Breaking through or Locked in? Global Unions and Their Institutional Articulation with Trade Unions in Asia

Wednesday, July 16, 2014: 11:00 AM
Room: Booth 41
Oral Presentation
Michele FORD , Department of Indonesian Studies, University of Sydney, Australia
Michael GILLAN , Management and Organisations, The University of Western Australia, Australia
Both leading labour geographers and theorists of transnational activism have noted that there is a weak understanding of the articulation between global institutions and networks, institutions and social formations at other geographic scales. As Tarrow (2005) has suggested, what is lacking more generally in discussions of globalisation and civil society is recognition of the specificity of ‘the mechanisms necessary to confront the concrete experiences that mould discontent into specific grievances against specific targets’ and the ability to ‘negotiate boundaries’ between ‘domestic political settings, national governments and international institutions’.

This paper takes up these concerns with regard to the articulation between the Global Union Federations (GUFs) and trade unions in Asia. The GUFs have all grown over the last decade in in terms of affiliated unions, members and geographic coverage. However, this formal increase in global representativeness has not always translated into legitimacy and meaningful influence with affiliates or externally. GUFs have coordinated many effective multi-scalar union-building organising and campaign initiatives – something their status as ‘global’ coordination bodies affords unique opportunities to do. However, it is also evident that the scope, form and intensity of GUF interventions are defined by their own institutional capacity and limitations (including resource constraints), leading to an uneven and opportunistic implementation of strategies and goals.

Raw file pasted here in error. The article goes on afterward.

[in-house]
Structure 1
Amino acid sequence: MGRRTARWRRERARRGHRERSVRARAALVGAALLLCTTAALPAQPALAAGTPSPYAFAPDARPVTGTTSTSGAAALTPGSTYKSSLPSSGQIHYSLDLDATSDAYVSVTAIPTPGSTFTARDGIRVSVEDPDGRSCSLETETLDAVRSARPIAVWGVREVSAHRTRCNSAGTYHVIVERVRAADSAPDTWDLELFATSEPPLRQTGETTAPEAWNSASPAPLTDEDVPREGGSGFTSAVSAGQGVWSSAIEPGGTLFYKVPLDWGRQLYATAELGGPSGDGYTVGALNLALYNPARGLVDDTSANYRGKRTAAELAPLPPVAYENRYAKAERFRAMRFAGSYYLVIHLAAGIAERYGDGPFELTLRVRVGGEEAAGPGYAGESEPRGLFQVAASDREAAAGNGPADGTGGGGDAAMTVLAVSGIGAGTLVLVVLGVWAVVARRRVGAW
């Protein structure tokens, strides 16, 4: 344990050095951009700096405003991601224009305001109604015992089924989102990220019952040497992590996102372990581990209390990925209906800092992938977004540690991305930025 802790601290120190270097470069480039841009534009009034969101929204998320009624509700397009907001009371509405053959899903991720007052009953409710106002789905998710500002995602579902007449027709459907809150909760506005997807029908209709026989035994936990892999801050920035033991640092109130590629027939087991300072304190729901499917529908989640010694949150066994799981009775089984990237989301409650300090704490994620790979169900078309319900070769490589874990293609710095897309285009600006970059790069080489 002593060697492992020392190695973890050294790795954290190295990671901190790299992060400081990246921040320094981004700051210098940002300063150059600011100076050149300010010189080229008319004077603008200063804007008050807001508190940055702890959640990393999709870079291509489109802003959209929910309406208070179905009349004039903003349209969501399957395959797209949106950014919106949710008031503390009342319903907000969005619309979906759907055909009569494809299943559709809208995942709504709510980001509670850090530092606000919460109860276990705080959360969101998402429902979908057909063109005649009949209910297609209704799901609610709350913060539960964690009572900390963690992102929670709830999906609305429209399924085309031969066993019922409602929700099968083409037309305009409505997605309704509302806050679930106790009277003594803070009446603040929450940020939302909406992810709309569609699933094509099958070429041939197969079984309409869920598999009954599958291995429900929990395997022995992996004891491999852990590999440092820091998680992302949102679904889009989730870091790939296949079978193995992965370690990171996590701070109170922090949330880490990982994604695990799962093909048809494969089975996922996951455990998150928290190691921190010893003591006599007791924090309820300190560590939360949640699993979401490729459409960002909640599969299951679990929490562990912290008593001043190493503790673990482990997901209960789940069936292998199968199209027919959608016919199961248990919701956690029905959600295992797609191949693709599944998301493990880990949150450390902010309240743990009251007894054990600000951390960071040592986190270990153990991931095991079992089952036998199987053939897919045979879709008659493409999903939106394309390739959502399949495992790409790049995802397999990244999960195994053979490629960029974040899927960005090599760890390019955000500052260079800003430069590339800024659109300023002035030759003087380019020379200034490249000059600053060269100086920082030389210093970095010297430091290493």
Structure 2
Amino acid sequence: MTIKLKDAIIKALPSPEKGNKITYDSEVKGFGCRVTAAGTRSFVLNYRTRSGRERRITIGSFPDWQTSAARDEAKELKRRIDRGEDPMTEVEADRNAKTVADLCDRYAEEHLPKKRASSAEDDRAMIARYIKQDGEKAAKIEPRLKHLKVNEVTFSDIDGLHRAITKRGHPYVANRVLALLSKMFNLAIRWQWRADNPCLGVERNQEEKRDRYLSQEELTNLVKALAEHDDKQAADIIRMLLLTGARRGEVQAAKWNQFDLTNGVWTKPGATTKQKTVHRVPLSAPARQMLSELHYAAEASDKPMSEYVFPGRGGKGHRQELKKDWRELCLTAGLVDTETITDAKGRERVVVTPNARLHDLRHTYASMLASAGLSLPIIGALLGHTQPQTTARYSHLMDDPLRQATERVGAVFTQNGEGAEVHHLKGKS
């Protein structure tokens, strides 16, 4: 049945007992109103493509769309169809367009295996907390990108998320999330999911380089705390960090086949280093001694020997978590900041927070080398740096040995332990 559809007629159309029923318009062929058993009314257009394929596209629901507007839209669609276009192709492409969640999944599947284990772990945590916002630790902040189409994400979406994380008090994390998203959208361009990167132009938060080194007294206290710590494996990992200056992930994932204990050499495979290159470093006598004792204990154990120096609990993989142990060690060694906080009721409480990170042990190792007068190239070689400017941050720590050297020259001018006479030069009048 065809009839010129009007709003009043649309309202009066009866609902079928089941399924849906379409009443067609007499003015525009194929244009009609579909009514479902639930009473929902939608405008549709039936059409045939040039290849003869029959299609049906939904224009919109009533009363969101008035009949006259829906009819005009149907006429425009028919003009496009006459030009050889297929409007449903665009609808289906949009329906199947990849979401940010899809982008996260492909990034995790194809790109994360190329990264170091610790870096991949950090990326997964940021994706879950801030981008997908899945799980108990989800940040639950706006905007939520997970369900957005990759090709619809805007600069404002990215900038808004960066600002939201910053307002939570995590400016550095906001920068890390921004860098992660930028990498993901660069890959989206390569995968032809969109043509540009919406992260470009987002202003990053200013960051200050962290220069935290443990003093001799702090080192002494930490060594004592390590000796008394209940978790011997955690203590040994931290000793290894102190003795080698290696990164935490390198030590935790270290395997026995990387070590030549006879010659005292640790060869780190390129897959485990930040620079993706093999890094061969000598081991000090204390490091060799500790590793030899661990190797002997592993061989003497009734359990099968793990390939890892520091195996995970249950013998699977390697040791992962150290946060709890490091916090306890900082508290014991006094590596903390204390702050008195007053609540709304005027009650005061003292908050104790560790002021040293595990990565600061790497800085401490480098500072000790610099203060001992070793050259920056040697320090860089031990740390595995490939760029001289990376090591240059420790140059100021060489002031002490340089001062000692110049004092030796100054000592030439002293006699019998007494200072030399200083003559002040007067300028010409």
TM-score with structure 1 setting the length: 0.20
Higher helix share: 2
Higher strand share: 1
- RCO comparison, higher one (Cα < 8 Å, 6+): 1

This paper analyses the complex interaction between the development, durability and effect of global/regional labour networks and campaigns and the institutionally embedded character of unions and workers at national and sub-national scales. It argues that, in Asia, such an analysis requires deep consideration of varying institutional and political landscapes as well as unions’ forms, repertoires of action, understandings of labour internationalism and articulation to the state and politics at geographic resolutions including, but moving beyond, the national scale.